With the departure of Gretchen Whitmer, the remaining possibilities are not impressive

That humongous thud you heard coming out of the Democratic camp was from the departure of Gretchen Whitmer from the race for governor. Now what? The race is wide open and not looking that impressive either. Everyone had Ms. Whitmer teed up to tee-off on Rick Snyder, who will be more vulnerable than the last time he ran. For many Democrats, the East Lansing Democrat was the best chance to send him back to Ann Arbor. She did have a lot going for her. Her daddy, who years ago had the bug to run but never did, could have opened some m-o-n-e-y doors. As the former head of Blue Cross Blue Shield, his millionaire friends could have opened their checkbook for his offspring. Ms. Whitmer had extensive legislative experience, a law degree and a sharp mind, passion and a moderate Milliken-like attitude about working with the other side. And for the past two years, she’s been warming up to taking on Mr. Snyder as he moved more and more away from the sensible center to the far right. Her media savvy was obvious, her sound bites were good, her sense of humor and robust laugh were infectious, and you could easily see her in a debate with the incumbent giving him a run for his life, assuming he agreed to give her a debate at all. She was not afraid of controversy. Recall that she was the one calling for a grand jury probe into the top GOP leader in the Michigan House. But on the other hand she tried to walk back a story involving the president and federal aide to Michigan when a conservative talk show host called her on it. She looked wobbly. The Republicans would have drawn a parallel between the former first female governor and the would-be second female governor. “Didn’t we try that once before and how’d that work out?” you could hear the ads trying to link Jennifer Granholm to Ms. Whitmer. Of course the spots would have been labeled sexist by the women’s groups, but when has that stopped the Republican Party in recent times? On Thursday, Ms. Whitmer put all that to rest choosing to be a good mom to her young daughters instead running for governor. Now that she’s off the field, the Democratic on-deck circle lacks a Miguel Cabrera. There’s Virg Benero. He was ready to back Whitmer. He’s still angry but has re-tread status having lost to Mr. Snyder in 2010. Former Democratic Secretary of State Jocelyn Benson has tons of political ambition, so put her on the list. Likewise there is Congressperson Gary Peters who would rather be a U.S. Senator if frumpy-suited incumbent Carl Levin ever retires. Former Congressperson Mark Schauer is making noises that he might run, but not everybody is fond of him. Hardly unusual in politics. John Austin, from the think-tank world, has expressed some interest but his sound bites are way too long, but then if you pick an intellectual, that’s what you get. And the guy who says he wants to be mayor of Detroit, Mike Duggan, may be implored to consider the state’s top job. And while you’re at it, toss in the name of Mark Bernstein. Surly you’ve seen him on TV with his trial lawyer daddy. But it’s early with miles to go, and one of the above or someone not on the screen could catch fire as Democrats are not tossing in the towel just because the Divine Ms. W. took a hike. We’ll know the race is really under way when Geoffrey Feiger hints he might run. You know it’s only a matter of time boys and girls.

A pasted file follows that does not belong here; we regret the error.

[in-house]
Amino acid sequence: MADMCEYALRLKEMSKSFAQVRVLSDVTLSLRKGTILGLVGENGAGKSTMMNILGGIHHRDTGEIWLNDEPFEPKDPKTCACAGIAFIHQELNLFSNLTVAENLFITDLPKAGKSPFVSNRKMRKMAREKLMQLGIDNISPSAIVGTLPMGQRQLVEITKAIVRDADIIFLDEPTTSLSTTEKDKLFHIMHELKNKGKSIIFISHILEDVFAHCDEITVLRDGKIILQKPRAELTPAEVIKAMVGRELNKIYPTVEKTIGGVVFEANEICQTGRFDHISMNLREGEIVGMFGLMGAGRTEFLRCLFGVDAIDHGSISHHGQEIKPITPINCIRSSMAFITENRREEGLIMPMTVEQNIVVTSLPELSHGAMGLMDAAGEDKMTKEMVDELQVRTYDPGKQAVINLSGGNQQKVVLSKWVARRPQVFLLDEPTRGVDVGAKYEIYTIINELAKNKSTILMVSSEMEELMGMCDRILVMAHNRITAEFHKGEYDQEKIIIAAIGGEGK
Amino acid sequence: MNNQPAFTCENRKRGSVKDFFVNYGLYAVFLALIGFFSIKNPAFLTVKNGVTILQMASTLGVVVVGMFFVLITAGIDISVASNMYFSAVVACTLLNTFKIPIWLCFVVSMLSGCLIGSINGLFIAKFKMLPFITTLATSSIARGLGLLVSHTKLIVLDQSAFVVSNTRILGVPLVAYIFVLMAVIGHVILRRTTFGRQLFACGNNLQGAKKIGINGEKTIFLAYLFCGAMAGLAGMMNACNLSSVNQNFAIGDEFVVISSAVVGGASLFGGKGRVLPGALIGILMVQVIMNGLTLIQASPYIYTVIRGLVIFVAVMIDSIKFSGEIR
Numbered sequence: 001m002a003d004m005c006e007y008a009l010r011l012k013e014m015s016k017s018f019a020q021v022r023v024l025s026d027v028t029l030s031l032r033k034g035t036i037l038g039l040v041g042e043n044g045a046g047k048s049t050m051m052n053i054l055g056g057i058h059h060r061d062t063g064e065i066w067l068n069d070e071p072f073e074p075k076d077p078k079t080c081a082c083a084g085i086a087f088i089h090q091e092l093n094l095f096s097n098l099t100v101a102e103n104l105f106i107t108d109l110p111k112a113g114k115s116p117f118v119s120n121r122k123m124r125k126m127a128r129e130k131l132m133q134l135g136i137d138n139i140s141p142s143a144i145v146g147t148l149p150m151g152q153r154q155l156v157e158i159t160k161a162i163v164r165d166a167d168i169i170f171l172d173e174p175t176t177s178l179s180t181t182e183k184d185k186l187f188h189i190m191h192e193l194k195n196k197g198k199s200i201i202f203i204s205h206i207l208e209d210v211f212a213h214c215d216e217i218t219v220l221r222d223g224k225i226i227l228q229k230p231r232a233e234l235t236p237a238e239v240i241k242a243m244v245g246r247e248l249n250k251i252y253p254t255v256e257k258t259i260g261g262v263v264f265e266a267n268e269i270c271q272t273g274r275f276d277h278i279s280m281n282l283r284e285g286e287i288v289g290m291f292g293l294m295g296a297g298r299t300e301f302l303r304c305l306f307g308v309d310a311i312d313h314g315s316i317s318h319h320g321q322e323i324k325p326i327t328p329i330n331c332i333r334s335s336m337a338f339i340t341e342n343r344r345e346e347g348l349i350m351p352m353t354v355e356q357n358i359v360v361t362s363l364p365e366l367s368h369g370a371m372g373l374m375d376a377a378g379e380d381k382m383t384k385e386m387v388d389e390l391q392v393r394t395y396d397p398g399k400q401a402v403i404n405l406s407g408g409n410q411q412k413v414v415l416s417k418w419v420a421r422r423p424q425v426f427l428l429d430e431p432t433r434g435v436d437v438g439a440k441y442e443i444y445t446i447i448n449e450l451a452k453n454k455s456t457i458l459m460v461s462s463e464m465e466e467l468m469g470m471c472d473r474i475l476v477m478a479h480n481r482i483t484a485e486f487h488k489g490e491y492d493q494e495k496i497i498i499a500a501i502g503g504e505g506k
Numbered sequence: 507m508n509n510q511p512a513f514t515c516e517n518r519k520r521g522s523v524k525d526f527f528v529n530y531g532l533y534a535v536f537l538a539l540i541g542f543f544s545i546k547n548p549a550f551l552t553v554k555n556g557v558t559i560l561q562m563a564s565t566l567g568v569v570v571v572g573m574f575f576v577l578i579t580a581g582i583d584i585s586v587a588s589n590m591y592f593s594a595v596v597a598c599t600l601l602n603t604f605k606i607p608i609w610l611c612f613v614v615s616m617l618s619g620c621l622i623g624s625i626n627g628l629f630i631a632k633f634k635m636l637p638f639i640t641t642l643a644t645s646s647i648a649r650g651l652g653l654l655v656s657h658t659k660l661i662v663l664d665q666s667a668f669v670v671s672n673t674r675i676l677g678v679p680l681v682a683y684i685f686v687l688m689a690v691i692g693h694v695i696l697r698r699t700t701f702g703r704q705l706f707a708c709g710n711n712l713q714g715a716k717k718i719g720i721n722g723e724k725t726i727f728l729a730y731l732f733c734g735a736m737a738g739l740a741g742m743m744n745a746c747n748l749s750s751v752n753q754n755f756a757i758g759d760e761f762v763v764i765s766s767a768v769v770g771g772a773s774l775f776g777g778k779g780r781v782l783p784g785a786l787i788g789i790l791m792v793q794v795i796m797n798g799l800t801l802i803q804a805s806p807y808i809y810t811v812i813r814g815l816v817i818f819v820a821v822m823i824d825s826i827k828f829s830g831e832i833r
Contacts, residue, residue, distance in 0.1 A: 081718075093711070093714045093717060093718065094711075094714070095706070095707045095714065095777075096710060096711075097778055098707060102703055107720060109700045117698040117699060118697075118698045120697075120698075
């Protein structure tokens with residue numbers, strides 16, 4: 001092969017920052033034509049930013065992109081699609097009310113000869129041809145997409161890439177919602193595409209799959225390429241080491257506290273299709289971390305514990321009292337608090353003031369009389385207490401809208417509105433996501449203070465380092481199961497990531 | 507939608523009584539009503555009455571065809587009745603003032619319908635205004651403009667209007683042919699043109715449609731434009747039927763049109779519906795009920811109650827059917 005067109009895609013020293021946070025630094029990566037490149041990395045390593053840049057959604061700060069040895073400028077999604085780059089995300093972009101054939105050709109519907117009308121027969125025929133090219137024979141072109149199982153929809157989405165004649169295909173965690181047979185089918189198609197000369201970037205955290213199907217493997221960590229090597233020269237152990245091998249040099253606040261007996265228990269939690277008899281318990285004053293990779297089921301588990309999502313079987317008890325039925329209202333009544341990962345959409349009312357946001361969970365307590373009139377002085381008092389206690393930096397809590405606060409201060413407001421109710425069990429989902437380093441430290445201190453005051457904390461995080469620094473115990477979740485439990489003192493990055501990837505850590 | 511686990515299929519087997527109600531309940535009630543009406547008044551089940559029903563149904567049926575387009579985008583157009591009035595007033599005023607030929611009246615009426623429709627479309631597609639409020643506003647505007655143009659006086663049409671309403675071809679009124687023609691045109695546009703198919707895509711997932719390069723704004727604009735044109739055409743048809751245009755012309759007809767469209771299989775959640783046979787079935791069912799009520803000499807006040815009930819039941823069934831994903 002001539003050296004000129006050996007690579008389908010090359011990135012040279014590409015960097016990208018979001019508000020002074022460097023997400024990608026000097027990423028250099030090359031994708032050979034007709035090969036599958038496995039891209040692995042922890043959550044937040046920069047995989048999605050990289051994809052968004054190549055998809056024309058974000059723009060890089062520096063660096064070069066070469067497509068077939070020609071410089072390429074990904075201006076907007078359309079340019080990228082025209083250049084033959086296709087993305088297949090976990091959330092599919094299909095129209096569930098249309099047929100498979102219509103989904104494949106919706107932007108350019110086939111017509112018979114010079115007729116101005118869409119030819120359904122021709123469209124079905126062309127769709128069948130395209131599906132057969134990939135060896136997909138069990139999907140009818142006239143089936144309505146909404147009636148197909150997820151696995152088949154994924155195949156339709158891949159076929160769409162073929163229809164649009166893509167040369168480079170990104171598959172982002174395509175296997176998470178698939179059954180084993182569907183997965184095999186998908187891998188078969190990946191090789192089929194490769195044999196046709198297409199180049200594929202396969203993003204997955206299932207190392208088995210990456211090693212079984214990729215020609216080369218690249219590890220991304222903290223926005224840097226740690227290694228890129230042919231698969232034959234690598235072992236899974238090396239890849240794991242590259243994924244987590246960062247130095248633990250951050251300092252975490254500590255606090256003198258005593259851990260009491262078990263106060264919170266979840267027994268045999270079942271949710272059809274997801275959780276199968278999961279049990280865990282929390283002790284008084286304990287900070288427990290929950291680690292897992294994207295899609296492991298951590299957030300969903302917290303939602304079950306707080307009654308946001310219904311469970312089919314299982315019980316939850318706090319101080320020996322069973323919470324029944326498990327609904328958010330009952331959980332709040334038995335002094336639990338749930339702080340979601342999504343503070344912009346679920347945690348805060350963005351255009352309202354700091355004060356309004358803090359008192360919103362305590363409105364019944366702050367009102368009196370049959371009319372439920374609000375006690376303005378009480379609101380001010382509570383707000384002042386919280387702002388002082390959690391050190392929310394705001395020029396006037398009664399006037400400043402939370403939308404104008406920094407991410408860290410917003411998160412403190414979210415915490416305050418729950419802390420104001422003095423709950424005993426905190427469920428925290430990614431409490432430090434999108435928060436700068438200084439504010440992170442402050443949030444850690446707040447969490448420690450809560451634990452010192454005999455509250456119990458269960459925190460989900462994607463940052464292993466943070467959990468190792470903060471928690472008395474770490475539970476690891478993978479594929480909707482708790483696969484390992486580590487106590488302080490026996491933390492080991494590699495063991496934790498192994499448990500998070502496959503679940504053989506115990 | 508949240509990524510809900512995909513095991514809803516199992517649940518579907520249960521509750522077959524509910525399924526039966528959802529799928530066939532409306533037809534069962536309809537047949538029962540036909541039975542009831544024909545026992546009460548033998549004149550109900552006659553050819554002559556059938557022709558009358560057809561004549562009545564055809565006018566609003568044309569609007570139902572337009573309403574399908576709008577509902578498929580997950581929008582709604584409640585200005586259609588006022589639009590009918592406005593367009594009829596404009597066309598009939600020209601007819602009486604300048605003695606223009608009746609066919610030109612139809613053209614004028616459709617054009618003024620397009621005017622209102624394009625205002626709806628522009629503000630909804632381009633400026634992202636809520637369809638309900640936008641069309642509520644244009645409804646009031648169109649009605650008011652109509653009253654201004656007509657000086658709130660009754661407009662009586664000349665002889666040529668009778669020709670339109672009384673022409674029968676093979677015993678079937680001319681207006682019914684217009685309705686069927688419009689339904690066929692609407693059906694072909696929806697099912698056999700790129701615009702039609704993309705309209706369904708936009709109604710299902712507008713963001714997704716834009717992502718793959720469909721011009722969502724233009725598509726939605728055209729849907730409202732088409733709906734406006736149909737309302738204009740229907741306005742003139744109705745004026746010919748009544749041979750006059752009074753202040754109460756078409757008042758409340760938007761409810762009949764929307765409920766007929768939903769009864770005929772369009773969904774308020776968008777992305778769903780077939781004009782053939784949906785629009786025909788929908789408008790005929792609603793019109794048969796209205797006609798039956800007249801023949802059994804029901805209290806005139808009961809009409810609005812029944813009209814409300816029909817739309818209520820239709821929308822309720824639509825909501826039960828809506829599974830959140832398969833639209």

Tim Skubick is Michigan’s Senior Capitol correspondent and has anchored the weekly public TV series Off the Record since 1972. He also covers the Capitol and politics for WLNS-TV6 in Lansing.